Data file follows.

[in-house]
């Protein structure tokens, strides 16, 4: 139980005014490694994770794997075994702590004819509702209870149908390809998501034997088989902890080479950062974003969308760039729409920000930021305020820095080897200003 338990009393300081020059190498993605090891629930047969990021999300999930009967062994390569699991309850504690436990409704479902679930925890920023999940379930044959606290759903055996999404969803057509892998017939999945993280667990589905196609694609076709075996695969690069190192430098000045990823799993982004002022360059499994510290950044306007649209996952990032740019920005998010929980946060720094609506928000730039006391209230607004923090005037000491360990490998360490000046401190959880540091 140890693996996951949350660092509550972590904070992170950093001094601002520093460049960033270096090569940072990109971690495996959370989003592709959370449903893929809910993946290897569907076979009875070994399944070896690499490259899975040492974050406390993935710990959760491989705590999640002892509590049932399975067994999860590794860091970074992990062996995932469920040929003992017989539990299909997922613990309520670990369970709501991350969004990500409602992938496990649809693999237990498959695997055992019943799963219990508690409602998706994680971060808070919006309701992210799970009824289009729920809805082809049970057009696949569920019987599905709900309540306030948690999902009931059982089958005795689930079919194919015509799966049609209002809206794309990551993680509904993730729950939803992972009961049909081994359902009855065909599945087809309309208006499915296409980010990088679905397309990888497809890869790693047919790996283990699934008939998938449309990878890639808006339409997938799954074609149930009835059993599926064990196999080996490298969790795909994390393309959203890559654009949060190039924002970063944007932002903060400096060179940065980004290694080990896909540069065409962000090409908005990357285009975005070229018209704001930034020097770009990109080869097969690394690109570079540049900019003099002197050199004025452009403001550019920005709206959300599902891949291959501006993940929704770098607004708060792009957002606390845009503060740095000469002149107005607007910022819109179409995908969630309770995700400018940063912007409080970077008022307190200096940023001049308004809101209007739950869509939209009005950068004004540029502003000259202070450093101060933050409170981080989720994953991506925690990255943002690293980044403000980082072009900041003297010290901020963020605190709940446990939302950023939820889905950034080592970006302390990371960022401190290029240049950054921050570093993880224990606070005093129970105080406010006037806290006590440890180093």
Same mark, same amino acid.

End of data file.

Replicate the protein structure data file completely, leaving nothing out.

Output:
[in-house]
């Protein structure tokens, strides 16, 4: 139980005014490694994770794997075994702590004819509702209870149908390809998501034997088989902890080479950062974003969308760039729409920000930021305020820095080897200003 338990009393300081020059190498993605090891629930047969990021999300999930009967062994390569699991309850504690436990409704479902679930925890920023999940379930044959606290759903055996999404969803057509892998017939999945993280667990589905196609694609076709075996695969690069190192430098000045990823799993982004002022360059499994510290950044306007649209996952990032740019920005998010929980946060720094609506928000730039006391209230607004923090005037000491360990490998360490000046401190959880540091 140890693996996951949350660092509550972590904070992170950093001094601002520093460049960033270096090569940072990109971690495996959370989003592709959370449903893929809910993946290897569907076979009875070994399944070896690499490259899975040492974050406390993935710990959760491989705590999640002892509590049932399975067994999860590794860091970074992990062996995932469920040929003992017989539990299909997922613990309520670990369970709501991350969004990500409602992938496990649809693999237990498959695997055992019943799963219990508690409602998706994680971060808070919006309701992210799970009824289009729920809805082809049970057009696949569920019987599905709900309540306030948690999902009931059982089958005795689930079919194919015509799966049609209002809206794309990551993680509904993730729950939803992972009961049909081994359902009855065909599945087809309309208006499915296409980010990088679905397309990888497809890869790693047919790996283990699934008939998938449309990878890639808006339409997938799954074609149930009835059993599926064990196999080996490298969790795909994390393309959203890559654009949060190039924002970063944007932002903060400096060179940065980004290694080990896909540069065409962000090409908005990357285009975005070229018209704001930034020097770009990109080869097969690394690109570079540049900019003099002197050199004025452009403001550019920005709206959300599902891949291959501006993940929704770098607004708060792009957002606390845009503060740095000469002149107005607007910022819109179409995908969630309770995700400018940063912007409080970077008022307190200096940023001049308004809101209007739950869509939209009005950068004004540029502003000259202070450093101060933050409170981080989720994953991506925690990255943002690293980044403000980082072009900041003297010290901020963020605190709940446990939302950023939820889905950034080592970006302390990371960022401190290029240049950054921050570093993880224990606070005093129970105080406010006037806290006590440890180093």
Same mark, same amino acid.